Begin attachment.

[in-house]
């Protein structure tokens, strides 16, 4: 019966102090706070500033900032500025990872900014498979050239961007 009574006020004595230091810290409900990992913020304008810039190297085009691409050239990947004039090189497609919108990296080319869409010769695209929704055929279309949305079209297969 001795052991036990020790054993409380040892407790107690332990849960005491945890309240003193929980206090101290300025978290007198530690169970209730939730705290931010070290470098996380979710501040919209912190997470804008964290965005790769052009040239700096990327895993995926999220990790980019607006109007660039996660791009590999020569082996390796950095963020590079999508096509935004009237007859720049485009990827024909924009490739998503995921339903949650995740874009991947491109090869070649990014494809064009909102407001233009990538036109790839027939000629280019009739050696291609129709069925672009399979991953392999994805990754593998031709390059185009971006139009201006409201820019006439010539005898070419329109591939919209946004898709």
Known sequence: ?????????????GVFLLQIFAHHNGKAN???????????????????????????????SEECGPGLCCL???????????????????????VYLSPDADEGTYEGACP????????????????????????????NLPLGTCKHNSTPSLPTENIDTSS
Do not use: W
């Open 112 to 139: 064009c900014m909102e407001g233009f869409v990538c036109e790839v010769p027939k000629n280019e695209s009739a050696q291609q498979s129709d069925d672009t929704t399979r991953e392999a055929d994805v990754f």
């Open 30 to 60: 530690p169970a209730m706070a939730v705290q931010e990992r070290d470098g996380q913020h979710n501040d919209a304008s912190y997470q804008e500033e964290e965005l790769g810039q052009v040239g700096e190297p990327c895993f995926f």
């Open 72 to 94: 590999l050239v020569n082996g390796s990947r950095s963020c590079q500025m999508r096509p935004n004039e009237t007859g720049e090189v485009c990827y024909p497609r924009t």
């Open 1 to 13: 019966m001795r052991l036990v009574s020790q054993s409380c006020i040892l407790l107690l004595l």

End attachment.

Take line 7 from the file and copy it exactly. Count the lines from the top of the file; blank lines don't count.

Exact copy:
């Open 72 to 94: 590999l050239v020569n082996g390796s990947r950095s963020c590079q500025m999508r096509p935004n004039e009237t007859g720049e090189v485009c990827y024909p497609r924009t």